Over the years, businesses have used numerous tools and techniques to achieve rapid change (i.e., Kaizen events). These techniques have typically focused on resolving specific manufacturing or business issues and last (often) for five days. However, in today’s fast-paced world, shutting down for an entire week to find and implement solutions to known problems is most often considered out of the question. Businesses now expect immediate gratification, often aiming at big changes in a just one day.
With a “need for speed,” more and more organizations are adopting the idea of holding what are best known as Stand Down Days ― one-day problem solving events. These intense initiatives can be focused on a broad range of improvement activities, but are most often leveraged to jump start 5S programs. Far removed from “business as usual,” a Stand Down Day is not something that can be undertaken by the faint-hearted. Only organizations with true diligence will succeed.
For Lean aficionados, the execution of a Stand Down Day should not be that daunting, as it falls squarely within the typical framework of Plan-Do-Check-Act (PDCA) ― with a significant emphasis on the P. The primary objective of any Stand Down is to orchestrate a series of tasks in a day that could typically extend over weeks of uncoordinated activities. Such orchestration needs more than a maestro; it requires music sheets and the combined skills of an entire orchestra.
There can be no half-measures in accepting such an undertaking, and it all starts with 100% buy-in from the Site Leadership Team. This means wholehearted involvement from top management to commit their entire workforce. In fact, first and foremost, Leadership must agree to shutdown all normal operations and office activities for the day in order to have a single site-wide focus of creating a “world-class” working environment. There can be no exclusions! Leadership must also ensure that all employees understand the significance of what is being planned, and that their participation in the outcome can have a far-reaching impact on the overall success of the business.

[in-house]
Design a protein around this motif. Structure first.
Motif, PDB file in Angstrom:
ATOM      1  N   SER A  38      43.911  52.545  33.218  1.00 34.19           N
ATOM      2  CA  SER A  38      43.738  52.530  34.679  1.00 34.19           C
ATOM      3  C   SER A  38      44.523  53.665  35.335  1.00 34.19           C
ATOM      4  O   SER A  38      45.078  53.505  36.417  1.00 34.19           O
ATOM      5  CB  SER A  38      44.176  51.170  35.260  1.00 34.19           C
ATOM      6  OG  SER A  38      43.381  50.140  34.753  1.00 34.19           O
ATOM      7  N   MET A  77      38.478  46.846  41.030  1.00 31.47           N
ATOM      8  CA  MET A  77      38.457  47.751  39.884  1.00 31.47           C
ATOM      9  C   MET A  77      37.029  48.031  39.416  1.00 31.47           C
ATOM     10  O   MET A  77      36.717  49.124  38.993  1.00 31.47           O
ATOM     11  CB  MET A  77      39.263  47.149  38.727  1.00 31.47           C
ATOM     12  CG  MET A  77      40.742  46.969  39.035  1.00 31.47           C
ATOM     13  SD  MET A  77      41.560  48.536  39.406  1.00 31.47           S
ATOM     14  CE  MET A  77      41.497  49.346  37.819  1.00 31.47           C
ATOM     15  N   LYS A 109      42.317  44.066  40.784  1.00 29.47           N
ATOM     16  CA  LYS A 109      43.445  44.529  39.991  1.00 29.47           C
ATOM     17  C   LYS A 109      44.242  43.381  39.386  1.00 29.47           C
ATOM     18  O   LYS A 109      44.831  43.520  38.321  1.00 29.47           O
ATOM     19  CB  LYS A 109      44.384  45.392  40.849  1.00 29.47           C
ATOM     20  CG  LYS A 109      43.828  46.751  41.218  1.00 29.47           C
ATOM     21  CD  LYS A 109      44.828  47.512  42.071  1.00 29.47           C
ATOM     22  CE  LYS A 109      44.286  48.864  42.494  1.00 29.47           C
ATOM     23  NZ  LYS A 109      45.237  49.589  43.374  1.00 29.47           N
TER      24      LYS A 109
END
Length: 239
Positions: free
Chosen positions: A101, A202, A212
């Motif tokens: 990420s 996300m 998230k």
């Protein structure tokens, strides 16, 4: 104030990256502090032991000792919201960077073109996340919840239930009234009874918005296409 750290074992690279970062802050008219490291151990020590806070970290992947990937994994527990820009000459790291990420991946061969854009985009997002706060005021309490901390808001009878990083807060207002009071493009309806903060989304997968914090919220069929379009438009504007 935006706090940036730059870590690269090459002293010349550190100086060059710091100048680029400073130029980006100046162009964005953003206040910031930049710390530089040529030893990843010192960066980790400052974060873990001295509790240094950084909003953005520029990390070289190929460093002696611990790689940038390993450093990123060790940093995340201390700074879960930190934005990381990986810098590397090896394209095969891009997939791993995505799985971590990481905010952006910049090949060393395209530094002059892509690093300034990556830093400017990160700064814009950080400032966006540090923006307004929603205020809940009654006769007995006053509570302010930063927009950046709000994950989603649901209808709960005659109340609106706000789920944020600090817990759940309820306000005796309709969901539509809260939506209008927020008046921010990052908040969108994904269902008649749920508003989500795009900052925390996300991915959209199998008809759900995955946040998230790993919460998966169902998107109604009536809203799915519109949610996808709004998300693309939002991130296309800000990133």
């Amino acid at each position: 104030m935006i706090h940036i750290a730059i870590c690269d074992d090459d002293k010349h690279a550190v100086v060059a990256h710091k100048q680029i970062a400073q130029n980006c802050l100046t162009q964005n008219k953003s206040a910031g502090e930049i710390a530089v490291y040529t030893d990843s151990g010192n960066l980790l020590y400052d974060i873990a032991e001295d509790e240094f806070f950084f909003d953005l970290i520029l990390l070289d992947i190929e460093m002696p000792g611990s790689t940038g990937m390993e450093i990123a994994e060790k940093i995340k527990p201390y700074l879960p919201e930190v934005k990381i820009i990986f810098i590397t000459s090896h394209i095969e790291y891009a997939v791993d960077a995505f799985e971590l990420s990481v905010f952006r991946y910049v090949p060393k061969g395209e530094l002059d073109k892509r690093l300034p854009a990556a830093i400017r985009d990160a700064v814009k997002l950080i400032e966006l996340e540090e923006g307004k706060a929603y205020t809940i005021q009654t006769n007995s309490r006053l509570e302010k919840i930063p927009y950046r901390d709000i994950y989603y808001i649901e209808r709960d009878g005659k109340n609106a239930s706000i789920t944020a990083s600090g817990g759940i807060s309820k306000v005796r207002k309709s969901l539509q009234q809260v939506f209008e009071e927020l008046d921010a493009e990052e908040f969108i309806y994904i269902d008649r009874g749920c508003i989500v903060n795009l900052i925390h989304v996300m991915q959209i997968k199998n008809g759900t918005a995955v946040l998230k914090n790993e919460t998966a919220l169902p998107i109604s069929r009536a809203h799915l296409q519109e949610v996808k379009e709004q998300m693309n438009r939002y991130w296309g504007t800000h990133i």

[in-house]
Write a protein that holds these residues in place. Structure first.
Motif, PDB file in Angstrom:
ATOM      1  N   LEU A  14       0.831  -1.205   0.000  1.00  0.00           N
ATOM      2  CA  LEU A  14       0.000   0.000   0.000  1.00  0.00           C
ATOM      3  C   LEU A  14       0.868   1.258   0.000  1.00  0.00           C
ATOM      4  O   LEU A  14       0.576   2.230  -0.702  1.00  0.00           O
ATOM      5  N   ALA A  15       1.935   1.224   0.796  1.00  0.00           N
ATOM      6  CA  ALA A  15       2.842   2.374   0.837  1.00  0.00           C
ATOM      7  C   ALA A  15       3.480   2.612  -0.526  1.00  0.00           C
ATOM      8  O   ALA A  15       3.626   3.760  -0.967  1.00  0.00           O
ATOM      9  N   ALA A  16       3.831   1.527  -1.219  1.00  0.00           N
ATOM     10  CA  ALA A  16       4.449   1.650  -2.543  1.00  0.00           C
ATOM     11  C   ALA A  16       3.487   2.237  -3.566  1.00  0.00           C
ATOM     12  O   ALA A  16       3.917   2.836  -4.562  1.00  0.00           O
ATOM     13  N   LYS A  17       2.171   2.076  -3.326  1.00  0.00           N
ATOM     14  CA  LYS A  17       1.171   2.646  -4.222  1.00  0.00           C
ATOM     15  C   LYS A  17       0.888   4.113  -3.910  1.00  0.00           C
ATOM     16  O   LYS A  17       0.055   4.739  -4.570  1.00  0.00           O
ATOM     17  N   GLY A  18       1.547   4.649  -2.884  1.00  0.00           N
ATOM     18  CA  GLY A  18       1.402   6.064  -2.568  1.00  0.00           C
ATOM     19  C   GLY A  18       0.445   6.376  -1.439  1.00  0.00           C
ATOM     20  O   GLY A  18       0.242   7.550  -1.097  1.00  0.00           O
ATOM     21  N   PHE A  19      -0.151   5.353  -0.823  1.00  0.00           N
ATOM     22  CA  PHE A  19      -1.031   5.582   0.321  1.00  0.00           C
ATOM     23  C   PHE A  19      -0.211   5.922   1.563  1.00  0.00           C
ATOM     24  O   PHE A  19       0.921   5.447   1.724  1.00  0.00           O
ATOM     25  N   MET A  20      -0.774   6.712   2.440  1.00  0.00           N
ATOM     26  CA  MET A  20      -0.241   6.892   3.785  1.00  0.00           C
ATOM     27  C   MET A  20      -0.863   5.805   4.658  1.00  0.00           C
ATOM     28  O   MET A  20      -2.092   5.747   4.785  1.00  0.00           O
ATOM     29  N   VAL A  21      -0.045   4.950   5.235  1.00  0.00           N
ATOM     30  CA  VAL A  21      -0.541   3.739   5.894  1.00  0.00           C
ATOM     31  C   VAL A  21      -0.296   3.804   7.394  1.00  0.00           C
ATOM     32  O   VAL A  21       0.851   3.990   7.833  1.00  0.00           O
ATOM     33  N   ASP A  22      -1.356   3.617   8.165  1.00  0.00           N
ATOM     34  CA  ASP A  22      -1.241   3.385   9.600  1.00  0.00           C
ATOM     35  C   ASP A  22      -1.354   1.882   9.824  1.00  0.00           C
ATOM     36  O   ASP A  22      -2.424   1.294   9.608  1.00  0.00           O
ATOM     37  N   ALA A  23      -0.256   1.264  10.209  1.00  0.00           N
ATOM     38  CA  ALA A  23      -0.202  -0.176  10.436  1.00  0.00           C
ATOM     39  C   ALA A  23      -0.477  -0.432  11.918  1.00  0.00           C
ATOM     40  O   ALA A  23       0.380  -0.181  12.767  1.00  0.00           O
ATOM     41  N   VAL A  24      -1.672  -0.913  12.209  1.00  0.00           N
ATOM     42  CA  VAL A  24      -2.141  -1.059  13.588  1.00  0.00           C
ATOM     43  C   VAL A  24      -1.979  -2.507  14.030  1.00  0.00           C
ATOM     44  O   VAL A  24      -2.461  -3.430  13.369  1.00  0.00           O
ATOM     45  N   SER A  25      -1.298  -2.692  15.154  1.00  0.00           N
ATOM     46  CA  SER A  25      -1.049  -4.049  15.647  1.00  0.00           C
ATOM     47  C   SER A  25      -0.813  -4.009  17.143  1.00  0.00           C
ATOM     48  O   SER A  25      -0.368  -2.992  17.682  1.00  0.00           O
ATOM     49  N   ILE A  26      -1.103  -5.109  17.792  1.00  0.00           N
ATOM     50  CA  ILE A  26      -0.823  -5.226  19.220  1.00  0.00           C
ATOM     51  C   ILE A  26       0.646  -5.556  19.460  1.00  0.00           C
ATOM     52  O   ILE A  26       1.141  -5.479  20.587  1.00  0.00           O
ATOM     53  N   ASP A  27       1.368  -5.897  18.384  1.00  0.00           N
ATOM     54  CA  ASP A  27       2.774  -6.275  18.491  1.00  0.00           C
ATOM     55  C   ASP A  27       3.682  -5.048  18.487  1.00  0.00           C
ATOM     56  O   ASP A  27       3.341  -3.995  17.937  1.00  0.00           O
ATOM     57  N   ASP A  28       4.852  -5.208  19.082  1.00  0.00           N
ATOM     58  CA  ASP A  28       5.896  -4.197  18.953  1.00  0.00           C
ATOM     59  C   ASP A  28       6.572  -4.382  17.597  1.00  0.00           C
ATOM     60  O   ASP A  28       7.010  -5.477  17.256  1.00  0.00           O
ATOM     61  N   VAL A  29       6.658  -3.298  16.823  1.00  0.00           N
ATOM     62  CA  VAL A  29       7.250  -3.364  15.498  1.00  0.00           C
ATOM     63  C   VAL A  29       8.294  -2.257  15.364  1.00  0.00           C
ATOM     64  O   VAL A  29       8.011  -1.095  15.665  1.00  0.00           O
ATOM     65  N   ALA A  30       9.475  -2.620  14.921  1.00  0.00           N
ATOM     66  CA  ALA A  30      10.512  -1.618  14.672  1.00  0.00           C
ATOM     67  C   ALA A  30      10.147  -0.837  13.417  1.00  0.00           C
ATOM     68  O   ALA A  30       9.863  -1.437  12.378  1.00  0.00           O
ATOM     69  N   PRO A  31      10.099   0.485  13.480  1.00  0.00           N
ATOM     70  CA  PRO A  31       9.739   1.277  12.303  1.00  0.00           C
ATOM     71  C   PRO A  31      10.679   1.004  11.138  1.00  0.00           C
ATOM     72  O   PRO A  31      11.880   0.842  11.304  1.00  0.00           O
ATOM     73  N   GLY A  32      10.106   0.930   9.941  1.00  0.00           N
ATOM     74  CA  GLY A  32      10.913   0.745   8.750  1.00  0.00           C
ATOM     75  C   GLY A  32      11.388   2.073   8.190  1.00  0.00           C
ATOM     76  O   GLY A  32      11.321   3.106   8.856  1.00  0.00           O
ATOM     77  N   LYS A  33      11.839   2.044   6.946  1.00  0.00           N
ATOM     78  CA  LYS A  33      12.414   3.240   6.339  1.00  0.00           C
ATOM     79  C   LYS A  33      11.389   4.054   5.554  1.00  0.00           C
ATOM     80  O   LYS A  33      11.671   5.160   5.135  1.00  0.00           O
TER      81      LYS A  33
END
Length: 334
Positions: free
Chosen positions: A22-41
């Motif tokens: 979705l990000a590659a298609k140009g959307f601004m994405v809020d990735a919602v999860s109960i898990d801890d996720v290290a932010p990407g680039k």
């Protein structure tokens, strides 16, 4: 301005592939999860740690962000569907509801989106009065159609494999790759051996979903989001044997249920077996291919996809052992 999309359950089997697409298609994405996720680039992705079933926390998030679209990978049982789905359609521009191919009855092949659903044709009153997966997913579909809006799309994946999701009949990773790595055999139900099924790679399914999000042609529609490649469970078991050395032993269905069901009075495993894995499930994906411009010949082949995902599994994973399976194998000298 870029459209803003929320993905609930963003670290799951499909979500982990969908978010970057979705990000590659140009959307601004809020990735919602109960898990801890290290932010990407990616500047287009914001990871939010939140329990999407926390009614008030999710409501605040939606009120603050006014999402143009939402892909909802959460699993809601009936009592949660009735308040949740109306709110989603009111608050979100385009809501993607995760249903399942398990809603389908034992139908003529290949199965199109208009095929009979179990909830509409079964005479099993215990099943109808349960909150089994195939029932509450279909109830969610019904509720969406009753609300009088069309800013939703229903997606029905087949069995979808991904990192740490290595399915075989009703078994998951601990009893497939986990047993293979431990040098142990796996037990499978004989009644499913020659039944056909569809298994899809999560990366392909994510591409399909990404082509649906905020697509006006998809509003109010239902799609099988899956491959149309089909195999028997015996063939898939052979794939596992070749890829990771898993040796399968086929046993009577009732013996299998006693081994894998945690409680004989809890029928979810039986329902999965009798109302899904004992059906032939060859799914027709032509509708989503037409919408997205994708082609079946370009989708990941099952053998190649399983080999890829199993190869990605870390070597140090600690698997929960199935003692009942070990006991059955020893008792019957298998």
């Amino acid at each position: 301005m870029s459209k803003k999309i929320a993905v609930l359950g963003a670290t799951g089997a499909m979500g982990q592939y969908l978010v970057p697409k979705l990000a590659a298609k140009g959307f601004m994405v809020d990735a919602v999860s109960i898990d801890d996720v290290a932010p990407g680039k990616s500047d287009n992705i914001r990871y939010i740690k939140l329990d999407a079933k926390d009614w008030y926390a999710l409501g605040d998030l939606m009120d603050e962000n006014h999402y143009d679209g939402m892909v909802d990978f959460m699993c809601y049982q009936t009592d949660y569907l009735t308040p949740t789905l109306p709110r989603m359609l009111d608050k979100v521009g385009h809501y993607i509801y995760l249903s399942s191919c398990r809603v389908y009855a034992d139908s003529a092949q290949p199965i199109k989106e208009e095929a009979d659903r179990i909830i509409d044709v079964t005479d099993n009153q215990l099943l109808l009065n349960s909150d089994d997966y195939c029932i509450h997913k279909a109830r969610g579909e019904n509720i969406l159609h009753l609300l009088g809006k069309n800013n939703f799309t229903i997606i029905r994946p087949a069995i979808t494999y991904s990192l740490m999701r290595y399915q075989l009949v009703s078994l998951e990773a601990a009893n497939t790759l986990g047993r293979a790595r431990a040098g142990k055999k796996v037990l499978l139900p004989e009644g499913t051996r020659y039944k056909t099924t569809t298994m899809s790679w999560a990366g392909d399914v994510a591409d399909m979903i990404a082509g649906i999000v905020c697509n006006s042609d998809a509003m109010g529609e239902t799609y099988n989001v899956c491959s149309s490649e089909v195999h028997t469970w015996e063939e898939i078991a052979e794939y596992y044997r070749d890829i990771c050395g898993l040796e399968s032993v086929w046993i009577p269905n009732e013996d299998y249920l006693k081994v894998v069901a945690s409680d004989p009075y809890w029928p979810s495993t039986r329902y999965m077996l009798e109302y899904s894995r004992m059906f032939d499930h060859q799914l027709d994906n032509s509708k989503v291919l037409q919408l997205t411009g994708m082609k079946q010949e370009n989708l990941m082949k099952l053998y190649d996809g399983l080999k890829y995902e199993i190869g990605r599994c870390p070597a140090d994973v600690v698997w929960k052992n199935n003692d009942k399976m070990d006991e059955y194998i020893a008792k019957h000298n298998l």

The implementation of a 5S Stand Down Day needs to be looked at as an opportunity for the entire business to work together as a well-oiled machine. If one cog in the wheel is failing, the entire machine malfunctions. Due to the time restraints, nobody can afford to nibble around the edge of a problem that has suddenly become everyone’s problem. Instead, it must to be tackled as the only gorilla in the room. There is perhaps no greater motivation than this kind of peer pressure to deliver immediate and tangible results.
To learn more about how to most effectively plan and execute a Stand Down event, click here to download Kaufman Global’s white paper, “Stand Down Events for 5S: The Thirst for Rapid Improvement.”